Mubarak undoubtedly made grave mistakes. In pre-empting decisions by the courts to derail his reforms, his decrees were cast too wide. His laws have many faults, although none are set in stone. The opposition on the other hand has never accepted the results of freely held elections, parliamentary or presidential, and is doing everything to stop new ones being held.

The Guardian is not only supporting a racist, antisemitic, anti-Christian, anti-West Islamist movement, but are remaining loyal even when a more liberal alternative is possible. 

You don’t need to agree with our critique of the paper’s coverage of the Israeli-Palestinian Conflict to acknowledge that the ‘Guardian Left’ ideology in many ways resembles the reactionary right more than anything truly progressive?

(Video) Mohamed ElBaradei stoned by Islamists in Cairo: An ominous story about the Arab revolution the Guardian won’t be reporting

H/T Elder of Ziyon

Here’s (Guardian Assistant Editor) Simon Tisdall’s “Arab street” in action:

From AFP, as reported by YNet:

Islamists hurled stones and shoes at Mohamed ElBaradei, Nobel Peace laureate and a secular contender for Egypt’s presidency, as he tried to vote Saturday in a referendum on constitutional amendments.

ElBaradei was hit in the back by a stone thrown from the crowd of hundreds but managed to escape unhurt and slammed as “irresponsible” the holding of a referendum without adequate law and order.

“We don’t want you,” the mob shouted, throwing stones, shoes and water at the former UN nuclear watchdog chief as he turned up at a Cairo polling station, five weeks after president Hosni Mubarak was ousted by mass protests.

“He lives in the United States and wants to rule us. It’s out of the question,” one of them said.

“We don’t want an American agent,” said another.

Members of the crowd interviewed by AFP before the assault identified themselves as Islamists without elaborating on their precise allegiance.

Egypt’s Velvet Coup

A guest post by AKUS

Like people waking up with a hangover, much of the world is beginning to wonder what exactly happened in Egypt this month.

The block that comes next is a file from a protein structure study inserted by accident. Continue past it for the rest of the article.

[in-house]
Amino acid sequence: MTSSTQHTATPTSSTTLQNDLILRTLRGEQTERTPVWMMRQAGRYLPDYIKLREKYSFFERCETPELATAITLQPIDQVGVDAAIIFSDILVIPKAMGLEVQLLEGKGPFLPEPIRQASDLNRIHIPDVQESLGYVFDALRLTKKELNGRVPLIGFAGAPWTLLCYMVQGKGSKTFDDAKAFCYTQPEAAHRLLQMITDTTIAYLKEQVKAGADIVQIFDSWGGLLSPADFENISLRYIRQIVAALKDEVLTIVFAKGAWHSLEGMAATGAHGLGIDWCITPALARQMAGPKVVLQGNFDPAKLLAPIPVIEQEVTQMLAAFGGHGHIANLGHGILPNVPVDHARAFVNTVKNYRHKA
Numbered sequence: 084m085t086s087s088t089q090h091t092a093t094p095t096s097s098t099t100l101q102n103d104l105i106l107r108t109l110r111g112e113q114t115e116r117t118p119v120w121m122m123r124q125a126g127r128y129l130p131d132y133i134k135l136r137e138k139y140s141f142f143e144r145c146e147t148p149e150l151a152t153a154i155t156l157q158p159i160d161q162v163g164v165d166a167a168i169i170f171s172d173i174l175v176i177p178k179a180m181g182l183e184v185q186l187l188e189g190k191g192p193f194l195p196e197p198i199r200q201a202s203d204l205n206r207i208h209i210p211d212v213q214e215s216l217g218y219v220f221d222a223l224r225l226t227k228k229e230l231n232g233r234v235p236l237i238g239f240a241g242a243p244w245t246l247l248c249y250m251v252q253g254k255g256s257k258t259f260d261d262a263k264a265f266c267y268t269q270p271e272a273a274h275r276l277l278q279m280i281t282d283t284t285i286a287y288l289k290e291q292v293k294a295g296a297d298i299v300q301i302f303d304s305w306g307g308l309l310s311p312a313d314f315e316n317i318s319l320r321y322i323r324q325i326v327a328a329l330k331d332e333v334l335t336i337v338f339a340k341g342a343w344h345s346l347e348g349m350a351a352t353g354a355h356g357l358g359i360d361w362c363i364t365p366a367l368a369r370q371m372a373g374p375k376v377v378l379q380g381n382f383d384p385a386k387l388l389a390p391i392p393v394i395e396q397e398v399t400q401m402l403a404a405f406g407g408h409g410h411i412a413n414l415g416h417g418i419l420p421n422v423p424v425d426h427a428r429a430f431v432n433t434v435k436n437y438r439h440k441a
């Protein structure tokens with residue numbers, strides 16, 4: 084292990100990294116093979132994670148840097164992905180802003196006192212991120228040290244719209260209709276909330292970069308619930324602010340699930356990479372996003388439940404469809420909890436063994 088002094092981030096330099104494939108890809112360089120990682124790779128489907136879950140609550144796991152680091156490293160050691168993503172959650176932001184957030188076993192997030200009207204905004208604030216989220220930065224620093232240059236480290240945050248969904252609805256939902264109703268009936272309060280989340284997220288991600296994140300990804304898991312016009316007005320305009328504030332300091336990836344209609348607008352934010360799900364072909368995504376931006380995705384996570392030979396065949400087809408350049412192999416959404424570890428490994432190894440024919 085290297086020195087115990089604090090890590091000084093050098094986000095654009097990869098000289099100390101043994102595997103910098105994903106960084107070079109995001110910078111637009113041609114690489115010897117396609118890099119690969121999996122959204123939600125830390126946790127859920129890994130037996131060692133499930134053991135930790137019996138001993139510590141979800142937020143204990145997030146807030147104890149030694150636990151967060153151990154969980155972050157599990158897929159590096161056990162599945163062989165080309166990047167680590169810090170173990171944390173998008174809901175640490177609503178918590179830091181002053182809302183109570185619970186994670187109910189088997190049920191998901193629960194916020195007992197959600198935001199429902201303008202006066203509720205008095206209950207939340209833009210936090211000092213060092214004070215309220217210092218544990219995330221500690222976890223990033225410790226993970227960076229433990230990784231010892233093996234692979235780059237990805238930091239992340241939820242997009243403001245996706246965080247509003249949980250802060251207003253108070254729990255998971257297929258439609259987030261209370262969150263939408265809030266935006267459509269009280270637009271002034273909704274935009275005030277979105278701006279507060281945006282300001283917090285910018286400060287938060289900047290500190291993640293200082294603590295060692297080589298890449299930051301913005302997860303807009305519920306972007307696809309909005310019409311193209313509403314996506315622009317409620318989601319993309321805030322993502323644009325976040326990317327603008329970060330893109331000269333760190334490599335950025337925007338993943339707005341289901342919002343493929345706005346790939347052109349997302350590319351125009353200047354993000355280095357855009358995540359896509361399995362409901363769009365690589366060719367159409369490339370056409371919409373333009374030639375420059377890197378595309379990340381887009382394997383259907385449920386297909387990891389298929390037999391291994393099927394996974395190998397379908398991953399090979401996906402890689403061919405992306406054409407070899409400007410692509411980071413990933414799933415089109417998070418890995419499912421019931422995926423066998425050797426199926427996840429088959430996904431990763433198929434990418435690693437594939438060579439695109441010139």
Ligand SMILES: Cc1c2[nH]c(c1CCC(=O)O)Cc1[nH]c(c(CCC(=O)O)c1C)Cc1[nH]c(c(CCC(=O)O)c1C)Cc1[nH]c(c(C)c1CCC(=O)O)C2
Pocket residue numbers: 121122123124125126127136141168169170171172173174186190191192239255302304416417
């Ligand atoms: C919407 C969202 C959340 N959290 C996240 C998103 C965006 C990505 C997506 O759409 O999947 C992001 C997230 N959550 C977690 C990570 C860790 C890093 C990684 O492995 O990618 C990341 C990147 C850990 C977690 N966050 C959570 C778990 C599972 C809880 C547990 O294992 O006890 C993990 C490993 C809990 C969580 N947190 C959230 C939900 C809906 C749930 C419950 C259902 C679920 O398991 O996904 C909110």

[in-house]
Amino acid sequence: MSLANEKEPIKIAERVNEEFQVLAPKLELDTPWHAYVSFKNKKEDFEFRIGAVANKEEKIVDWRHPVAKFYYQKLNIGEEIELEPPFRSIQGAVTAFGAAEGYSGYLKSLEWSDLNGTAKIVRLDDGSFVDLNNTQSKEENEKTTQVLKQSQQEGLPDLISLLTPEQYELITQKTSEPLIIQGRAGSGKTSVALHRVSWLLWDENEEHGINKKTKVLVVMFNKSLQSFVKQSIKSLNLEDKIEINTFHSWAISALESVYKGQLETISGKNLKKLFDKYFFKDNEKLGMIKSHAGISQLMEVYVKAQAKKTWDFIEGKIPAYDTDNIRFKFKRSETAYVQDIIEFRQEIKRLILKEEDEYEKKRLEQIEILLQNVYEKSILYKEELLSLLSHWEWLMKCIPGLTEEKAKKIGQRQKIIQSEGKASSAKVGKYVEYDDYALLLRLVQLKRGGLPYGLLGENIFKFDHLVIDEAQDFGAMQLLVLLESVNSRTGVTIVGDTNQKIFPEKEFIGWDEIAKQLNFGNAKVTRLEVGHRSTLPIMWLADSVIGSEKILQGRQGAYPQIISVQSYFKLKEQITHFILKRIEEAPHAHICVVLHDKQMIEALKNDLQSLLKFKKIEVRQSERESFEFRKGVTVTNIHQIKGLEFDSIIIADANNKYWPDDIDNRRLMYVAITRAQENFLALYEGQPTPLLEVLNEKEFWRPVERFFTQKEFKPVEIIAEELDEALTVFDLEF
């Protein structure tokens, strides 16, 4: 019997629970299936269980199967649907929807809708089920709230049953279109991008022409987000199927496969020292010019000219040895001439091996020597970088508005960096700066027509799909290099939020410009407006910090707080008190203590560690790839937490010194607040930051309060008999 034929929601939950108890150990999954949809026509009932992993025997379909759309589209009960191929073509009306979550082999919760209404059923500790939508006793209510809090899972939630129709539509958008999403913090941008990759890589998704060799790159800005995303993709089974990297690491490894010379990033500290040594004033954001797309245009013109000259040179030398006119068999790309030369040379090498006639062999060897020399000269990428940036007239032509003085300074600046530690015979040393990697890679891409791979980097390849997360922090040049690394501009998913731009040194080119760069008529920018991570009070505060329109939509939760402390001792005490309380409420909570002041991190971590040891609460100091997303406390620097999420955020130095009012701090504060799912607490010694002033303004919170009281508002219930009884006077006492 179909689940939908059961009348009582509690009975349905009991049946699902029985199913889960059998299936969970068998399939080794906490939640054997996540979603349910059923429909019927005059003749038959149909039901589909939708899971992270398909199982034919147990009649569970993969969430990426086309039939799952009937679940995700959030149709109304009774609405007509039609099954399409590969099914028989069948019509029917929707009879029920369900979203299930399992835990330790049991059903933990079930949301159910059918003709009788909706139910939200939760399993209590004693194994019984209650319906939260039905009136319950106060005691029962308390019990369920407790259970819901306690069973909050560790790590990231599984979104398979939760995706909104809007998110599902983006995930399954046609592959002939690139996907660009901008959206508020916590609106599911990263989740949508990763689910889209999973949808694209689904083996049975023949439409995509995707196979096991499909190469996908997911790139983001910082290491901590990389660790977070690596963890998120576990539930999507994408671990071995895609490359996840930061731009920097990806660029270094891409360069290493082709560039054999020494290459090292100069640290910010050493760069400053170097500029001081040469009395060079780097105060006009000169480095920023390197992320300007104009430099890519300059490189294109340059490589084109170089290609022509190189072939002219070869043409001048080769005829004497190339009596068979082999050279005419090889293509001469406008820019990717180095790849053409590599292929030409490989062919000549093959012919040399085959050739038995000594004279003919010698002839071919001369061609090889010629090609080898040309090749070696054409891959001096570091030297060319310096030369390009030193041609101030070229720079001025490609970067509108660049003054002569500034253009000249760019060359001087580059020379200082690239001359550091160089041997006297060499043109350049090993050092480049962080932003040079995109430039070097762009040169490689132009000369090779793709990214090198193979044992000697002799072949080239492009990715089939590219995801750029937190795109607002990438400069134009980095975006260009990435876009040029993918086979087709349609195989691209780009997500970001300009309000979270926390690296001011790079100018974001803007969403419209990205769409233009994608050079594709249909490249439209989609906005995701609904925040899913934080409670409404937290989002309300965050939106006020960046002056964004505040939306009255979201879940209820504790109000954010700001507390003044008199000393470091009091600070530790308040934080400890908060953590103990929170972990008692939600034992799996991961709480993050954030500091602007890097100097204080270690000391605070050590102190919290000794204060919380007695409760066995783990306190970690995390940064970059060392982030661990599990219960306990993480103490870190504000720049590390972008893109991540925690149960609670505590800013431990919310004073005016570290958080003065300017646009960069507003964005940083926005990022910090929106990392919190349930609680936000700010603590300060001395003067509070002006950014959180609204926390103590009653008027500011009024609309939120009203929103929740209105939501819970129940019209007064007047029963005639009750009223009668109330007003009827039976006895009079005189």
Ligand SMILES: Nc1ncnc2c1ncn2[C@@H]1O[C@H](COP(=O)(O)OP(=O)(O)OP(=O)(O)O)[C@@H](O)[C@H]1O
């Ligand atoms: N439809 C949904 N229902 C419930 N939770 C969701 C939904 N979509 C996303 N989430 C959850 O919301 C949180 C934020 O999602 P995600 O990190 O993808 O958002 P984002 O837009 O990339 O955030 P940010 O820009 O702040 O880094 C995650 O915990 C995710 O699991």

The Guardian was so enthralled by the events that it started publishing articles simultaneously in Arabic, pandering, apparently, to what it must believe is a Bolshevik style group of revolutionaries taking over the country to create a workers’ paradise to Egypt. The Guardian chooses to brush aside any unpleasantness (“whatever follows …”) and continues true to form in an editorial, Egypt: brave new Arab world:

“Whatever follows, this is a moment of historic significance. It re-establishes Egypt as the leader of the Arab world and Egyptians at its moral core. This revolution – the only word that fits – was carried out by ordinary people demanding, with extraordinary tenacity, basic political rights: free elections, real political parties, a police force that upholds rather than undermines the rule of law. Try as some may to paint them as the lackeys of Islamism, they did this on their own and, to a large extent, peacefully. This was a fight in which Muslims and Christians stood side by side. No sectarian flags were visible in Tahrir Square, just the national one.”

The editor who wrote that glibly headed column should re-read “Brave New World” before wishing a similar future upon the Arabs. The Guardian editor may have been pleased to see no sectarian flags, but was not disturbed by the rabidly anti-Semitic and anti-Israeli posters on display. Egyptian media had no trouble, pro or anti-Mubarak, blaming Israel for either the demonstrations or the continuing existence of the Mubarak regime.